More than 5000 people have fled their homes after a volcano erupted in a remote part of Papua New Guinea’s West New Britain, local media have reported.
Eyewitness accounts online showed people evacuating their homes, as a large column of black smoke and red lava spewed from the crater of Mount Ulawun, known to be one of the most hazardous volcanos in the world.
Satellite imagery showed the eruption plume reaching heights of between 13 and 15 kilometres.
Volcanic activity began about 7am on Wednesday, with rumbling and booming noises heard throughout the day. An eruption warning was issued prompting an evacuation.
Flights have been cancelled into nearby Hoskins Airport and lava has cut off the New Britain Highway in three locations, according to local media.
Pilot Eroli Tamara took images of rising smoke as she flew past yesterday afternoon.
“The top of the ash cloud did look to extend well up to 30,000-40,000 feet [10-12 kilometres],” she told the ABC.
Papua New Guinea’s Post Courier reported that more than 5000 people have been evacuated. A shortage of vehicles had slowed down the process.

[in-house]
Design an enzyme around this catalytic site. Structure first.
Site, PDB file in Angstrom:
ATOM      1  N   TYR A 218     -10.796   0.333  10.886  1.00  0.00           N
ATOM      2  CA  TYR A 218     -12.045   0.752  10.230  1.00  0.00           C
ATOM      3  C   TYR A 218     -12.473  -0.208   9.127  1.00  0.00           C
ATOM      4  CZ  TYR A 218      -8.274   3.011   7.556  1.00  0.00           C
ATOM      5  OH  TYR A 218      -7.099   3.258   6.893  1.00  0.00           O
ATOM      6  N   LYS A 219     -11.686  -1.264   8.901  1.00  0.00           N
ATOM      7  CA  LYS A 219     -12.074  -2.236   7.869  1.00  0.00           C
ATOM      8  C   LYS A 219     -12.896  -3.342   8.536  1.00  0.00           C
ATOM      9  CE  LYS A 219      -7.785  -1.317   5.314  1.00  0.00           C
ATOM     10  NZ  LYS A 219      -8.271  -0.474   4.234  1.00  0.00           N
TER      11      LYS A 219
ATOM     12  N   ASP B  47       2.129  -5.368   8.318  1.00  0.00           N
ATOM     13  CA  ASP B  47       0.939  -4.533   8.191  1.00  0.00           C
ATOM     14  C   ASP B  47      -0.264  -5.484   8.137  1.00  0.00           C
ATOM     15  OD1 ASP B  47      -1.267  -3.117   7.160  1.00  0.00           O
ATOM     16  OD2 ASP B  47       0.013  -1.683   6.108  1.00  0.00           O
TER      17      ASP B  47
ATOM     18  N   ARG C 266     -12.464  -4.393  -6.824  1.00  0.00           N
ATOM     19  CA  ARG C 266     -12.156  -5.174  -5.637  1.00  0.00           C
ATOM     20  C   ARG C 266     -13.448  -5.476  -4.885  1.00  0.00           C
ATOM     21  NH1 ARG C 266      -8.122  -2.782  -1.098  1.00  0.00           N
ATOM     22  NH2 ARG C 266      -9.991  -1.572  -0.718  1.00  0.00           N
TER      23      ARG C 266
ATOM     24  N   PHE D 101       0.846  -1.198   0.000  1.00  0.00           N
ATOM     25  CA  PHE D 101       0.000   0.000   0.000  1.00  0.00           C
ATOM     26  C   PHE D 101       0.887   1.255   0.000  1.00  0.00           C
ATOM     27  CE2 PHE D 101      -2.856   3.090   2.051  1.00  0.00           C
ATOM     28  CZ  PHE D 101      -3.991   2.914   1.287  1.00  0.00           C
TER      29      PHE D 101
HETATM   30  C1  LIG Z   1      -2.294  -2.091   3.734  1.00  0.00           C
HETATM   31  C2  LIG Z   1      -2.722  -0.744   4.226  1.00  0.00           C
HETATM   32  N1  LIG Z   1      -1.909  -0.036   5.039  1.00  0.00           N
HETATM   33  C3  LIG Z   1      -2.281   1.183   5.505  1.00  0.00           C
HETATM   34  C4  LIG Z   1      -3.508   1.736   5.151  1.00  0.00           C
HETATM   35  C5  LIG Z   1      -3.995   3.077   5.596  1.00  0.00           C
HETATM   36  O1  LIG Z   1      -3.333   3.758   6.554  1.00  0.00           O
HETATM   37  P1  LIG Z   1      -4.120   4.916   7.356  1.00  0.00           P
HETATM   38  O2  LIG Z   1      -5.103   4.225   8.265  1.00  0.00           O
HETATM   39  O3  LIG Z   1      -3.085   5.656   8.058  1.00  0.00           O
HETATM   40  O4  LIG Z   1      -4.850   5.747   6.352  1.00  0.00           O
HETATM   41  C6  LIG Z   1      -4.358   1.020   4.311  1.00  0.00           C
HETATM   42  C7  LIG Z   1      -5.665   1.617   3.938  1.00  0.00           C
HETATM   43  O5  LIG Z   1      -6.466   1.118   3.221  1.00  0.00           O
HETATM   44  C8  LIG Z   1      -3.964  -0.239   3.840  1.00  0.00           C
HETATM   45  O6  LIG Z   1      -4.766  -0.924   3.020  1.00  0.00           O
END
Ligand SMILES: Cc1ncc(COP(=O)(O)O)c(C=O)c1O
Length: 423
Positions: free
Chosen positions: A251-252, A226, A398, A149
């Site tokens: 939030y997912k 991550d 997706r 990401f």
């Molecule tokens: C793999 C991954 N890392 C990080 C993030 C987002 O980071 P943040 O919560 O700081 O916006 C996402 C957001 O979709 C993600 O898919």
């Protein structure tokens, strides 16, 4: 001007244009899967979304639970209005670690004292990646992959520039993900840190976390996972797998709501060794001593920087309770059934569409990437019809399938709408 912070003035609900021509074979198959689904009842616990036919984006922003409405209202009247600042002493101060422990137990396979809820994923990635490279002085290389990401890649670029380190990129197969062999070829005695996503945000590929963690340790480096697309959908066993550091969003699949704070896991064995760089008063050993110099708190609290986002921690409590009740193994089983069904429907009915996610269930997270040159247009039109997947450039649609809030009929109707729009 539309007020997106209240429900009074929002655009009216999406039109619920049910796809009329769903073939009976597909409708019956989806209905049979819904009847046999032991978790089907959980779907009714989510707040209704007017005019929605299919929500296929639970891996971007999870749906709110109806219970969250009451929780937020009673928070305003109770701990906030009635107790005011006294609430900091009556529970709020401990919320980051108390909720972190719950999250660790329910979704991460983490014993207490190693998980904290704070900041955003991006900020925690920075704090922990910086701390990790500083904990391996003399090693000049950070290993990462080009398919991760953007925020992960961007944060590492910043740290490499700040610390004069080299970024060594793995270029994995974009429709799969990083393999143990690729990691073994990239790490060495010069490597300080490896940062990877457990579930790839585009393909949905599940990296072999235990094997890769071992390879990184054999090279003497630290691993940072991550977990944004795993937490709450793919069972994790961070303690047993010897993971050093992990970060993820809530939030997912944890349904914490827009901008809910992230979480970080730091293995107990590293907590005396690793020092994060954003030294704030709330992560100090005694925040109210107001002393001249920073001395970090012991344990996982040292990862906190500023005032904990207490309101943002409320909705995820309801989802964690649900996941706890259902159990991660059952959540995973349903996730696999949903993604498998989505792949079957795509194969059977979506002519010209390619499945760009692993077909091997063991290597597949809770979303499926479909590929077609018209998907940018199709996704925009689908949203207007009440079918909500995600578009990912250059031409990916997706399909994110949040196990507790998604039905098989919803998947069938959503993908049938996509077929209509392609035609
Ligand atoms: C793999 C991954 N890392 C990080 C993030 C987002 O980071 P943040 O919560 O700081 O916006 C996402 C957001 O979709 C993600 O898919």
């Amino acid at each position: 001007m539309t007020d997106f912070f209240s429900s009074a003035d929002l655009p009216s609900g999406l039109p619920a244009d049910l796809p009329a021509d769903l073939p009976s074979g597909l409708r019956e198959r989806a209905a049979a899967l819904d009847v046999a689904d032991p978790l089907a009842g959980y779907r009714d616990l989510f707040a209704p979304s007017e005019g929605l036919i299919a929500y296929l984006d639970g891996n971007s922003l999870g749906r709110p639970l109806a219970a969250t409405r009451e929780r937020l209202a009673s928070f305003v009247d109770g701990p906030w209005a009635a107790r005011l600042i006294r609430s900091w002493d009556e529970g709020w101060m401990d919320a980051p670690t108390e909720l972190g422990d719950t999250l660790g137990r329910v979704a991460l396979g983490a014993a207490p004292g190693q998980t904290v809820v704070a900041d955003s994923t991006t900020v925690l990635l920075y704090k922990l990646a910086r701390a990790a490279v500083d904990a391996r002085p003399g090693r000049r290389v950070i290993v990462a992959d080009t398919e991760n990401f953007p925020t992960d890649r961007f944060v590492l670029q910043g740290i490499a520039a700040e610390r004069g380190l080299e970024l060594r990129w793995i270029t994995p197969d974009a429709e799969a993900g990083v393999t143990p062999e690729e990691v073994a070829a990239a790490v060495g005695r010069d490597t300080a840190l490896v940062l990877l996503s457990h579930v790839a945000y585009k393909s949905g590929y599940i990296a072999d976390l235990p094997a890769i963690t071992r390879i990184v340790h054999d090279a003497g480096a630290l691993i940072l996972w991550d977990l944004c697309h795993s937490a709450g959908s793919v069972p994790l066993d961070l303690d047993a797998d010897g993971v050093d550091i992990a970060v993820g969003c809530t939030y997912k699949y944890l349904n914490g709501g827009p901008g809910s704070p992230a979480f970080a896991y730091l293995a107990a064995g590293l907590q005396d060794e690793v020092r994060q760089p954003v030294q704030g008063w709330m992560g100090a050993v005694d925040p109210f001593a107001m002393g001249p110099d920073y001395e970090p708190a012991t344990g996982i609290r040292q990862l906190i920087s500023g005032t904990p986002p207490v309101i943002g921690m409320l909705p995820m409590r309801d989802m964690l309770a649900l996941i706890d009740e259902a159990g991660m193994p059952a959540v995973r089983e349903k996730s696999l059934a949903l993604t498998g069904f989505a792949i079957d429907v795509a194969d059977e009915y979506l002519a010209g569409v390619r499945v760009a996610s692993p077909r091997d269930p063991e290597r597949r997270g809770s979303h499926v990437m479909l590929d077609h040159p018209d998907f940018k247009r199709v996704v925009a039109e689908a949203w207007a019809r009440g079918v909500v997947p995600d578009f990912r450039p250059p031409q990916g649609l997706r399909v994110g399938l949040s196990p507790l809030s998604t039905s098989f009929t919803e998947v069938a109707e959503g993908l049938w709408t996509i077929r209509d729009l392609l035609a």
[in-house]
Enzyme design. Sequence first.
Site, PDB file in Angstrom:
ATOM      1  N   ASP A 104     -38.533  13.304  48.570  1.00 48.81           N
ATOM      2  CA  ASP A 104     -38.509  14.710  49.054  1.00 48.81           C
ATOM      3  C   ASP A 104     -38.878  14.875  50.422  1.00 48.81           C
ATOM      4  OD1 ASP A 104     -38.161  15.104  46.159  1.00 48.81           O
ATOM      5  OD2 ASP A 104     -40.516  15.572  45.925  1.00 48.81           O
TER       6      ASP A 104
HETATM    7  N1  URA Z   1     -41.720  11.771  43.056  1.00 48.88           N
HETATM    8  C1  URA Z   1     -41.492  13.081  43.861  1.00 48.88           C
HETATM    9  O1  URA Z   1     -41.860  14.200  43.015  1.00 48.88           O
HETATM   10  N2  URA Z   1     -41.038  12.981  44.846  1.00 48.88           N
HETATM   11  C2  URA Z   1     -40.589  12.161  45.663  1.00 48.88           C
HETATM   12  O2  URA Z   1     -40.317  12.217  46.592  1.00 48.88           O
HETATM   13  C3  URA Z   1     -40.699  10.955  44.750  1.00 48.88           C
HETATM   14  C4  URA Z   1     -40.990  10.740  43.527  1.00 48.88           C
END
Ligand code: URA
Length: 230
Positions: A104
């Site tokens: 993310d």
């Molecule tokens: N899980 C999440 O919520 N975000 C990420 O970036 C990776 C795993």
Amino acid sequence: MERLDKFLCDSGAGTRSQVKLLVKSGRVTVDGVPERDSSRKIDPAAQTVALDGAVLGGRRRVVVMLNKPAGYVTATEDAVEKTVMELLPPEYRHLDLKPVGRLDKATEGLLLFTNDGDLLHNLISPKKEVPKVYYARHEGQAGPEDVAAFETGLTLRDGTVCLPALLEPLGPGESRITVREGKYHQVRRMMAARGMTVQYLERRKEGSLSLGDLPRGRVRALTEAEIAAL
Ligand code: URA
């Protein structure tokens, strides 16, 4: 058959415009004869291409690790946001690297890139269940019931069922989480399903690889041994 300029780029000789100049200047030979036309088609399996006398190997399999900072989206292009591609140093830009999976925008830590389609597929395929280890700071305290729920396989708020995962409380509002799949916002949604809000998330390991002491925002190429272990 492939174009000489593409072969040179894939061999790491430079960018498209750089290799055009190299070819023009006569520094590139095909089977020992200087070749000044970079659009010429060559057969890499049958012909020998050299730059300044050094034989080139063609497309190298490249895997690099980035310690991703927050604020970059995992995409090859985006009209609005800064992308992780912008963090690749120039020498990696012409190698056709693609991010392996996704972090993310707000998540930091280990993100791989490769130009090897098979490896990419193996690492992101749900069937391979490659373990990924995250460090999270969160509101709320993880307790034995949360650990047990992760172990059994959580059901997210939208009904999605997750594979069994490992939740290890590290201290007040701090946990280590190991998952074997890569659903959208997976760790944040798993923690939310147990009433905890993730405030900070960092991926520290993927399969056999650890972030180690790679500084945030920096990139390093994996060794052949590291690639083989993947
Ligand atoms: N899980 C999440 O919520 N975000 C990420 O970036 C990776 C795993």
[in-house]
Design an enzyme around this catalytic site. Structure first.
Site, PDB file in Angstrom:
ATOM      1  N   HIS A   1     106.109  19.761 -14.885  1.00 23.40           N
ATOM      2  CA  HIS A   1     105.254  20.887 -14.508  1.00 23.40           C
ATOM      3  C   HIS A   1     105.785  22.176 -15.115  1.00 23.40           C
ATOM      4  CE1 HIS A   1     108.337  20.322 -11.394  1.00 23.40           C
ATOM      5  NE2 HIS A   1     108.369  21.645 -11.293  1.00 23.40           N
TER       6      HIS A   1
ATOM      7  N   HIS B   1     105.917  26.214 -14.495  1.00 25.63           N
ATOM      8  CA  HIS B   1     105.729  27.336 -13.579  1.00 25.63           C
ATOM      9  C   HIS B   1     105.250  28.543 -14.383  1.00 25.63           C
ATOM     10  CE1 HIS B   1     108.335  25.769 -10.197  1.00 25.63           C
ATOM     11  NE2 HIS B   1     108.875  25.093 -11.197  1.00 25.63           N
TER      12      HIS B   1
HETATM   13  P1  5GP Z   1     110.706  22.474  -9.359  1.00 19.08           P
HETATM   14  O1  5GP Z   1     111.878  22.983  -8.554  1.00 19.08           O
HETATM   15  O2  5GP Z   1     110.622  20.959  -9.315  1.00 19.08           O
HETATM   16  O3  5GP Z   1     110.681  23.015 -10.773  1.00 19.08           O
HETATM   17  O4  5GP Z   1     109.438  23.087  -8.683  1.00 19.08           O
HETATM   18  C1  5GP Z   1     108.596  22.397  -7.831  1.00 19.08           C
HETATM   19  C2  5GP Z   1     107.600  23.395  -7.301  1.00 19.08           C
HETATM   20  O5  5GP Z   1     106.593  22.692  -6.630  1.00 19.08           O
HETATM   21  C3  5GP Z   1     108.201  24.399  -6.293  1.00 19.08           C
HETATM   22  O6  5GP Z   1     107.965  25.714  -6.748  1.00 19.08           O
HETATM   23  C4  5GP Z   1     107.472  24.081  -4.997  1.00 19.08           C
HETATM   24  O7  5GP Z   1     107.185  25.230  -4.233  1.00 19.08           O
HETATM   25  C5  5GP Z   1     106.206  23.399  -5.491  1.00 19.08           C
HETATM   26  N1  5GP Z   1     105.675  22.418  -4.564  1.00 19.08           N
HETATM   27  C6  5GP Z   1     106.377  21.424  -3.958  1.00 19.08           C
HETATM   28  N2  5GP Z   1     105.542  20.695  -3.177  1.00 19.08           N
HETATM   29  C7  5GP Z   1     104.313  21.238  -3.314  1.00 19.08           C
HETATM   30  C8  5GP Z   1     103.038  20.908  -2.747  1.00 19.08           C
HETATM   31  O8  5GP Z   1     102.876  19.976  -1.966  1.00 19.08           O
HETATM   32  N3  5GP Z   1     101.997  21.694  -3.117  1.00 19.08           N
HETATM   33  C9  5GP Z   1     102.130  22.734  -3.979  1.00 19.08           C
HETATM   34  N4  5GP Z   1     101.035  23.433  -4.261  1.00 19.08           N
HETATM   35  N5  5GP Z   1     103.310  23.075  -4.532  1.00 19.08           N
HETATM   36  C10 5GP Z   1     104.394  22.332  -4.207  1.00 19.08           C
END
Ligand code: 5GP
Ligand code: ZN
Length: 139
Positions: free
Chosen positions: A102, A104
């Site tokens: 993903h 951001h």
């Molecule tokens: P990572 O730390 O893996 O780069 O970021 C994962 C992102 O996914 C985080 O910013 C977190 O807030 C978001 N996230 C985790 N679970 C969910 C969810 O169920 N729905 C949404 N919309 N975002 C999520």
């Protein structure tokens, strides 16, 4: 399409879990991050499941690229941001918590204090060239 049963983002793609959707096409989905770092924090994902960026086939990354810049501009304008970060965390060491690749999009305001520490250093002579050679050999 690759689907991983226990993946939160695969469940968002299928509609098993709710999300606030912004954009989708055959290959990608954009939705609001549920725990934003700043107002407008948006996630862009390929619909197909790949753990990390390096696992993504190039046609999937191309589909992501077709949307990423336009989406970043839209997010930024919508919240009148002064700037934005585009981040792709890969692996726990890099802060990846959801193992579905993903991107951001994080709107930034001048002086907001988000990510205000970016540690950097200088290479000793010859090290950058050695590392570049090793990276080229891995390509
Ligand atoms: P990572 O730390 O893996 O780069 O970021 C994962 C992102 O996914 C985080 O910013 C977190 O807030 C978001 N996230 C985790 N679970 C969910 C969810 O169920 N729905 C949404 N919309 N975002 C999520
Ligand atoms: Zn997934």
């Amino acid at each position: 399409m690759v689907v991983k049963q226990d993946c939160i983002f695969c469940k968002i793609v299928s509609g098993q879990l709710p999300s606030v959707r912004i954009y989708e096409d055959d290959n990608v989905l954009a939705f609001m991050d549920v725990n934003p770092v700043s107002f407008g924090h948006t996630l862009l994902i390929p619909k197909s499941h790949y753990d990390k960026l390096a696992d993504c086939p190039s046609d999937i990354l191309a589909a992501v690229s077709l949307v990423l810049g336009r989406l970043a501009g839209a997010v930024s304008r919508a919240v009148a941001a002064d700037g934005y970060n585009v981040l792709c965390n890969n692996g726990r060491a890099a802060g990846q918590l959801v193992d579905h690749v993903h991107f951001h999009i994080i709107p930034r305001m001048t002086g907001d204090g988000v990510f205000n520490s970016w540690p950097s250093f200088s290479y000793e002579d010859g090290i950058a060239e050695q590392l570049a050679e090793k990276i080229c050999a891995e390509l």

A community leader told the Post Courier that only five vehicles had been working non-stop to ferry people from the danger zone.
“The government did not come to help and we had to use whatever means we had to move people,” Christopher Lagisa, a village elder and local palm oil estate owner told the ABC.
“It was quite a lot. Even we had to ask people to start walking then get picked up on the road. I don’t know why the government came in very late.”
Mr Lagisa said the volcano had been monitored all night.
“It started and has calmed down within 24 hours, which is unusual because normally it would go for four to seven days before it calms down,” he said.
Ulawun is the highest and steepest of PNG’s volcanoes and is considered to be one of the six ‘high-risk’ volcanoes in the country, according to the Papua New Guinea Geological Survey.
While Ulawun has produced small eruptions periodically for the past few decades, the last eruption of this scale occurred in September 2000.